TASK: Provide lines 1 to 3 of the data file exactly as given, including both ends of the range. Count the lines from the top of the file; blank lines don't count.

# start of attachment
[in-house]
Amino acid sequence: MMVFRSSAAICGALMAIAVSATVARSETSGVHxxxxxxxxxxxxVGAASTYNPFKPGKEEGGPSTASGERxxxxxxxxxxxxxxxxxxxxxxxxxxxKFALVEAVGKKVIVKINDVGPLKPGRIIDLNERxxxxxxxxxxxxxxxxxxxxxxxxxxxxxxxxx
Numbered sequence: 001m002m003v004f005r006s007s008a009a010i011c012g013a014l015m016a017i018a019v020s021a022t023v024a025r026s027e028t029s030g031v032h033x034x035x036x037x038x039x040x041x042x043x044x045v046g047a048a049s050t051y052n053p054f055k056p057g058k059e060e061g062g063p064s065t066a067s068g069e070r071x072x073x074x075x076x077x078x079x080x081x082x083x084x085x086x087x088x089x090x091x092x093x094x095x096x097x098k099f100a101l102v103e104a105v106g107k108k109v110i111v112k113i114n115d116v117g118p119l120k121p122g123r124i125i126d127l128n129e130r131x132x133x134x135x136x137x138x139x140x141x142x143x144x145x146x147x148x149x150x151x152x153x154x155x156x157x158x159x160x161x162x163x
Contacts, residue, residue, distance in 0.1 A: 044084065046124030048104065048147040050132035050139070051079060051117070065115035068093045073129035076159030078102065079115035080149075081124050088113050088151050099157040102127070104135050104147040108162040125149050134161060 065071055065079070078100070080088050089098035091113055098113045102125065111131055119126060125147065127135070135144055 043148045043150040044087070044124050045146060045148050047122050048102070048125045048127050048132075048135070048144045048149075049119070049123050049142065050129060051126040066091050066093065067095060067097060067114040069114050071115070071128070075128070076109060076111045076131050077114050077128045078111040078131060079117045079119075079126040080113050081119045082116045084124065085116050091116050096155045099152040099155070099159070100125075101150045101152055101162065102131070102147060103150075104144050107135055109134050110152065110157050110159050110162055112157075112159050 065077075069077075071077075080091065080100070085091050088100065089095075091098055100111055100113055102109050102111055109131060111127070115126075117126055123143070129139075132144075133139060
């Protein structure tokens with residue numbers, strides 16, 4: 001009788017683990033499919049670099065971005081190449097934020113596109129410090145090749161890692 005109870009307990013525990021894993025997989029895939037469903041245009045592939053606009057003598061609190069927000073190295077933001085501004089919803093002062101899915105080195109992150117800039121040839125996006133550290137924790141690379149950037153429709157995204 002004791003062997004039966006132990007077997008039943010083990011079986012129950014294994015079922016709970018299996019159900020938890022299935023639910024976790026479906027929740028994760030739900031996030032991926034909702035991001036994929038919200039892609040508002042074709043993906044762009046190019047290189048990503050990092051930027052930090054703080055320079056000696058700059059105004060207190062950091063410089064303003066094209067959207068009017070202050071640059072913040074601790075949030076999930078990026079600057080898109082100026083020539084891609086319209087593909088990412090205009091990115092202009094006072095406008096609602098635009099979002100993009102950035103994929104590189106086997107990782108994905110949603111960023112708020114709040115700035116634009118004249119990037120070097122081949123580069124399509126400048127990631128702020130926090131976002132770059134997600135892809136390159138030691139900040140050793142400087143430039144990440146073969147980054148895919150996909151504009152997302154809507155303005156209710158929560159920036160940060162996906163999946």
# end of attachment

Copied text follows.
[in-house]
Amino acid sequence: MMVFRSSAAICGALMAIAVSATVARSETSGVHxxxxxxxxxxxxVGAASTYNPFKPGKEEGGPSTASGERxxxxxxxxxxxxxxxxxxxxxxxxxxxKFALVEAVGKKVIVKINDVGPLKPGRIIDLNERxxxxxxxxxxxxxxxxxxxxxxxxxxxxxxxxx
Numbered sequence: 001m002m003v004f005r006s007s008a009a010i011c012g013a014l015m016a017i018a019v020s021a022t023v024a025r026s027e028t029s030g031v032h033x034x035x036x037x038x039x040x041x042x043x044x045v046g047a048a049s050t051y052n053p054f055k056p057g058k059e060e061g062g063p064s065t066a067s068g069e070r071x072x073x074x075x076x077x078x079x080x081x082x083x084x085x086x087x088x089x090x091x092x093x094x095x096x097x098k099f100a101l102v103e104a105v106g107k108k109v110i111v112k113i114n115d116v117g118p119l120k121p122g123r124i125i126d127l128n129e130r131x132x133x134x135x136x137x138x139x140x141x142x143x144x145x146x147x148x149x150x151x152x153x154x155x156x157x158x159x160x161x162x163x